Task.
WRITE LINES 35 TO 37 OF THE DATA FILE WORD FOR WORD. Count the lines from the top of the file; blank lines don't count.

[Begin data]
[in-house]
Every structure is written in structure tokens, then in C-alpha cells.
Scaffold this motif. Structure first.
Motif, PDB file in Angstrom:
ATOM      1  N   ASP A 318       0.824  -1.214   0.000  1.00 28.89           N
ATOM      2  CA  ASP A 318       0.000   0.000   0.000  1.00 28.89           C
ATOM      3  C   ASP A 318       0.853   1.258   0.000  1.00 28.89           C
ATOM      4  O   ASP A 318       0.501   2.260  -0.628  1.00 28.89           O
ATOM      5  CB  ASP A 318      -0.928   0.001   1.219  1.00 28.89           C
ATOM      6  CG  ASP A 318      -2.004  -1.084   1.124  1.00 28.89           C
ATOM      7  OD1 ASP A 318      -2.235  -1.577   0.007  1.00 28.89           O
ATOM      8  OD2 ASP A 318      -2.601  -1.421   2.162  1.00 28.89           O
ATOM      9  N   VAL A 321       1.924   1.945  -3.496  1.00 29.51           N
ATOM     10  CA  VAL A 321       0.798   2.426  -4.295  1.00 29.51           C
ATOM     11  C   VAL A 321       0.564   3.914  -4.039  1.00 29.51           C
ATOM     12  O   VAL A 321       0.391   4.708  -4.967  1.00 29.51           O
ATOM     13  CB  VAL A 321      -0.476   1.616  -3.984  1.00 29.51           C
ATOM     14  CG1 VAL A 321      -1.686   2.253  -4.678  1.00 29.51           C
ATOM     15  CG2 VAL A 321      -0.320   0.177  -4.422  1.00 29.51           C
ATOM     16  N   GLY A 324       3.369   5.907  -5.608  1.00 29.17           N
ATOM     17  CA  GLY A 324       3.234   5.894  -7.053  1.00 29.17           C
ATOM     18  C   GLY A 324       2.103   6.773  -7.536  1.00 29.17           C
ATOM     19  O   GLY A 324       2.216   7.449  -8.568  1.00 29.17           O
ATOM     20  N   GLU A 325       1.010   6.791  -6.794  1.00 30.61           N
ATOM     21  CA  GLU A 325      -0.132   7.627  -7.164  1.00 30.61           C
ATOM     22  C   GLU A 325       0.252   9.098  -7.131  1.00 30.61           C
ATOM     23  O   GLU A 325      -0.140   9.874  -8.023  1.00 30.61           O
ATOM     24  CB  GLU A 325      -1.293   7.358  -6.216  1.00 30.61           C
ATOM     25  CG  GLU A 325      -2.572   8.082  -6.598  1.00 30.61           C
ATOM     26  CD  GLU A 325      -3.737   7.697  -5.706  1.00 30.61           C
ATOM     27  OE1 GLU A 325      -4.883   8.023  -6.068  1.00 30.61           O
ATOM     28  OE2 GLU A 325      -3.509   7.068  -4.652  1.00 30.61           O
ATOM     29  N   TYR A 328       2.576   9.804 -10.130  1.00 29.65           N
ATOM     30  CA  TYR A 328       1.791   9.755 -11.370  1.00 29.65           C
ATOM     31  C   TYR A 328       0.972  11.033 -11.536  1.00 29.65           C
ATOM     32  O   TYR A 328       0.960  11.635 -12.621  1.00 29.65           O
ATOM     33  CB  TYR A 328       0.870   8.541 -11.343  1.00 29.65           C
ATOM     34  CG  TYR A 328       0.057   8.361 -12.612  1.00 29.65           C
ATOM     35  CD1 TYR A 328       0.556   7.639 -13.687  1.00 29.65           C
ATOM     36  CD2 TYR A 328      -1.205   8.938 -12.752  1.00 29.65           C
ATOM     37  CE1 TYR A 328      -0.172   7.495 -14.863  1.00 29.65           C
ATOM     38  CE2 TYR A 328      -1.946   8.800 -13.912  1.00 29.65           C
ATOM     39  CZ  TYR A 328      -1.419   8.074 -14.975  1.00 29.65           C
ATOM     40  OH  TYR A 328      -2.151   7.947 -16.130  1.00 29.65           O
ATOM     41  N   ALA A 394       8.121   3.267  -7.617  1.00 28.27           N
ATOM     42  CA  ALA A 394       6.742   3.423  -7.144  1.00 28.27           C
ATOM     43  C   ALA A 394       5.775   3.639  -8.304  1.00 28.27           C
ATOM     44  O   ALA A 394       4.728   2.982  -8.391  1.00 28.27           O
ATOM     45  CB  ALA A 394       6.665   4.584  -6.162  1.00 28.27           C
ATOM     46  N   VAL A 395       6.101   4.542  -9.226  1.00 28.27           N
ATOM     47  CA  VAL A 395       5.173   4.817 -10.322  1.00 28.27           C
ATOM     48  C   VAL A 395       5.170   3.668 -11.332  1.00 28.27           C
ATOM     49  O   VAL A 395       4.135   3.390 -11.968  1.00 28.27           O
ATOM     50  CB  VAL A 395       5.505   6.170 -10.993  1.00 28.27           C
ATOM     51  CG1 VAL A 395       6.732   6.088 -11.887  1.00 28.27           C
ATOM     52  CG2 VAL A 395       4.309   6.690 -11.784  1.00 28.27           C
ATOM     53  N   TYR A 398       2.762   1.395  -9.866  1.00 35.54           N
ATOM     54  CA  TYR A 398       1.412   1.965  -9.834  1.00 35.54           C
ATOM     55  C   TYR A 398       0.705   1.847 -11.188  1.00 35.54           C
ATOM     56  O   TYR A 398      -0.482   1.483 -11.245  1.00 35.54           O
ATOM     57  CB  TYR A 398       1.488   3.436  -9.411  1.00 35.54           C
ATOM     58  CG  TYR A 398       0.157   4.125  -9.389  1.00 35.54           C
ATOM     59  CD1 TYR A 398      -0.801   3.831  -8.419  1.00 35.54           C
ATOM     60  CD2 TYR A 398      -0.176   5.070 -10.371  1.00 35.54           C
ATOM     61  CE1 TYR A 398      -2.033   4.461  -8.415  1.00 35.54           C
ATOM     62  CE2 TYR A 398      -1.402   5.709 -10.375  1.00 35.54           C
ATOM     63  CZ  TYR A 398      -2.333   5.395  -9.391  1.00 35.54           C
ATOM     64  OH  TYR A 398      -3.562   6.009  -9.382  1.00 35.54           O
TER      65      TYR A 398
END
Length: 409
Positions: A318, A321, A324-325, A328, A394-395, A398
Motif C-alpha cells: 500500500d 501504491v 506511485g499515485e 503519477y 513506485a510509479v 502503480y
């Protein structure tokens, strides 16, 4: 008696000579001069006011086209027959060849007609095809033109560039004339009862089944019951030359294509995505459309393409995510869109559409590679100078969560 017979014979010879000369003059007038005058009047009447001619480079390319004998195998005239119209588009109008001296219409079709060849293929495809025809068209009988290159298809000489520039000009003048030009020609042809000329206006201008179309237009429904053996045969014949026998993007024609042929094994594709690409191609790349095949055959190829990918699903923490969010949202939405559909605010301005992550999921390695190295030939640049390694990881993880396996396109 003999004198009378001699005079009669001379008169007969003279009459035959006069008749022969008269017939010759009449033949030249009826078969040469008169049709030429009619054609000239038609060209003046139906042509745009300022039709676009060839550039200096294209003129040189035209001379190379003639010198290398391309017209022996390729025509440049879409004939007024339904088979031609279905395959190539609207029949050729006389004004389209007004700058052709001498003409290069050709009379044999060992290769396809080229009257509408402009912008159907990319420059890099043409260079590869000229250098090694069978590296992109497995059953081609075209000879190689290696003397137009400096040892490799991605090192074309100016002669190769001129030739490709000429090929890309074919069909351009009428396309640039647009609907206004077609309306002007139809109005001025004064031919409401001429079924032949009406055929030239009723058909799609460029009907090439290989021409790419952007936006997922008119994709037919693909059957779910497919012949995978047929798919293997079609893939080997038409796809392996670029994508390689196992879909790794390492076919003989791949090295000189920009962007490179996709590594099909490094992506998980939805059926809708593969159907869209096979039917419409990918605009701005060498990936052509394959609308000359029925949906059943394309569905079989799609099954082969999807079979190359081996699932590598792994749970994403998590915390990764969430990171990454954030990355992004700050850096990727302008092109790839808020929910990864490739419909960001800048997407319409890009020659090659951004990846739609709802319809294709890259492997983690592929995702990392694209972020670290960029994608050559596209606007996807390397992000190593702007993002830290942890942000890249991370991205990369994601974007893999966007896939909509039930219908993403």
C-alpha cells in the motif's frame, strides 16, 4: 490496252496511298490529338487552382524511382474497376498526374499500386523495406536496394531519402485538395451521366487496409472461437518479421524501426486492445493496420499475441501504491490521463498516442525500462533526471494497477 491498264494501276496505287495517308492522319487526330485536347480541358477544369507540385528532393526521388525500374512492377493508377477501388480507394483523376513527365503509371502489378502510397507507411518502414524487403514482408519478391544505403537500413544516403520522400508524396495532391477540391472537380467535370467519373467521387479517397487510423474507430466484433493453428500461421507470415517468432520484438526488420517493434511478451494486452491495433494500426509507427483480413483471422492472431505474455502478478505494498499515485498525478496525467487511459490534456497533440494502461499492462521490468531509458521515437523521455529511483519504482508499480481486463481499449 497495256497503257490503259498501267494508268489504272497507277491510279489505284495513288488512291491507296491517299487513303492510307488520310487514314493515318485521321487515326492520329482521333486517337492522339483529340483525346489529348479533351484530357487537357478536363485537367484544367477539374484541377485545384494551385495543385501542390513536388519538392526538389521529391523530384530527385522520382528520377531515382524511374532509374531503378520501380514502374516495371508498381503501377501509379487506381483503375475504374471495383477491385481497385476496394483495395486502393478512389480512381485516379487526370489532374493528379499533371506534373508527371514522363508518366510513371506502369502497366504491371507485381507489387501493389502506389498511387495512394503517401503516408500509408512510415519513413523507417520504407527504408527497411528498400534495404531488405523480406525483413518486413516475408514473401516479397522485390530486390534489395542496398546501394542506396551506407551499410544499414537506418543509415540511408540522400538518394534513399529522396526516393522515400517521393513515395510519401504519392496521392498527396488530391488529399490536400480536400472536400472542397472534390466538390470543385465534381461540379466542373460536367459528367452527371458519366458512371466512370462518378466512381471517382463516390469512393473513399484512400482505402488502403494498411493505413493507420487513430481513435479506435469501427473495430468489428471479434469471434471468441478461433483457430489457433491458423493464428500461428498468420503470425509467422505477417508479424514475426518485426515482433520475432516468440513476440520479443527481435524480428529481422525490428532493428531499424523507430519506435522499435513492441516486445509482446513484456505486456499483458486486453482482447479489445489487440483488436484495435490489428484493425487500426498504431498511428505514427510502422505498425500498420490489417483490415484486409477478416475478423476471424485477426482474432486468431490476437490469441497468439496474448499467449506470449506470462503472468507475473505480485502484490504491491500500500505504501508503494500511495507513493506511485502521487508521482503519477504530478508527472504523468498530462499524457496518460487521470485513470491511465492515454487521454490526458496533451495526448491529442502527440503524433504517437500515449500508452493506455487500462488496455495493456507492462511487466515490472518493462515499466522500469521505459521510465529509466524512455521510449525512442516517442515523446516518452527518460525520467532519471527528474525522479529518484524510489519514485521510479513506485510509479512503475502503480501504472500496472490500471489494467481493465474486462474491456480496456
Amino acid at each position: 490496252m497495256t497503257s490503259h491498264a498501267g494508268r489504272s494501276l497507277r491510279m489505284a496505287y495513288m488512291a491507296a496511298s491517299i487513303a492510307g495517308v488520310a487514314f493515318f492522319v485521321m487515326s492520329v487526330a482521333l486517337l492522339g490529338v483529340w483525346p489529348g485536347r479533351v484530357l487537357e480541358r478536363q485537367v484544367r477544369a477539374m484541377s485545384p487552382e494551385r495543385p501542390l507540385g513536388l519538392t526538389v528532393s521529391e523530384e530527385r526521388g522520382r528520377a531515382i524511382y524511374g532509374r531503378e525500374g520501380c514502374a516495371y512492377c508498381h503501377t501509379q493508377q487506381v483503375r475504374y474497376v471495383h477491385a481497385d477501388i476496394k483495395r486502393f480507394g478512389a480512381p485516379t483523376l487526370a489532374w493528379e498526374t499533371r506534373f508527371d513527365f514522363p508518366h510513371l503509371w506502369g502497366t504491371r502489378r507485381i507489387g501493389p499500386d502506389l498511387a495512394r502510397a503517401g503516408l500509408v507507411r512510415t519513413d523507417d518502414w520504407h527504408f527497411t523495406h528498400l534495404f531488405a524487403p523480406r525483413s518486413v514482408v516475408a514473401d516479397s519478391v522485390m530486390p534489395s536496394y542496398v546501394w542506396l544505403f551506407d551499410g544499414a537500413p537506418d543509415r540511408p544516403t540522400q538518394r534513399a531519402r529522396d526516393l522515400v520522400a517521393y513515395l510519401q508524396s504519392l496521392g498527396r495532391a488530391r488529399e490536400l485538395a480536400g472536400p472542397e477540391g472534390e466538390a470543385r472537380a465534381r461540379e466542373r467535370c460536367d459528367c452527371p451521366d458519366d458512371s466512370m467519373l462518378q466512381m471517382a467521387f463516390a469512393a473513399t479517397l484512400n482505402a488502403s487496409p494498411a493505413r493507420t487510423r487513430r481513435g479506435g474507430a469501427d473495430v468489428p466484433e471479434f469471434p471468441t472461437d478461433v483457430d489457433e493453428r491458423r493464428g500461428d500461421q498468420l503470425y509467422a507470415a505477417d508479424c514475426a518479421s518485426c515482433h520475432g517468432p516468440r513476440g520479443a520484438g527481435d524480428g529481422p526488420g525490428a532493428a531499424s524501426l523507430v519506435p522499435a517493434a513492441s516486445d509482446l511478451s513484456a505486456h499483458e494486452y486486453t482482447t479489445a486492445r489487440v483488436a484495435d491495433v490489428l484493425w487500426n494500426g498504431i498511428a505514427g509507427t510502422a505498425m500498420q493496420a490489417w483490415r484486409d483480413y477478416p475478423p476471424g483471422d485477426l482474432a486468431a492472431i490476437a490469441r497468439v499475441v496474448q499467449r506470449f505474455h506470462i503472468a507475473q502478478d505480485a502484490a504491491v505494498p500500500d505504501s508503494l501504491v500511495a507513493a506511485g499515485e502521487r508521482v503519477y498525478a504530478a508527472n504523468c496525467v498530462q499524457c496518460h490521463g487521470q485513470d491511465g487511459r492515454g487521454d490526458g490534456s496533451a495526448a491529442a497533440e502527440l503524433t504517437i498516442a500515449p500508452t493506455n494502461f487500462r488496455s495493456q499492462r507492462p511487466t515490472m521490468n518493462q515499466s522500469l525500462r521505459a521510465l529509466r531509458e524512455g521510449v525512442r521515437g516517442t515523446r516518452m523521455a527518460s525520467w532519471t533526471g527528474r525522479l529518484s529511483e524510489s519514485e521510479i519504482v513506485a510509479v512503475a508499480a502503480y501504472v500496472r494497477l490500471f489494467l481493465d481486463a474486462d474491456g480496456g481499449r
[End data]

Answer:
ATOM     31  C   TYR A 328       0.972  11.033 -11.536  1.00 29.65           C
ATOM     32  O   TYR A 328       0.960  11.635 -12.621  1.00 29.65           O
ATOM     33  CB  TYR A 328       0.870   8.541 -11.343  1.00 29.65           C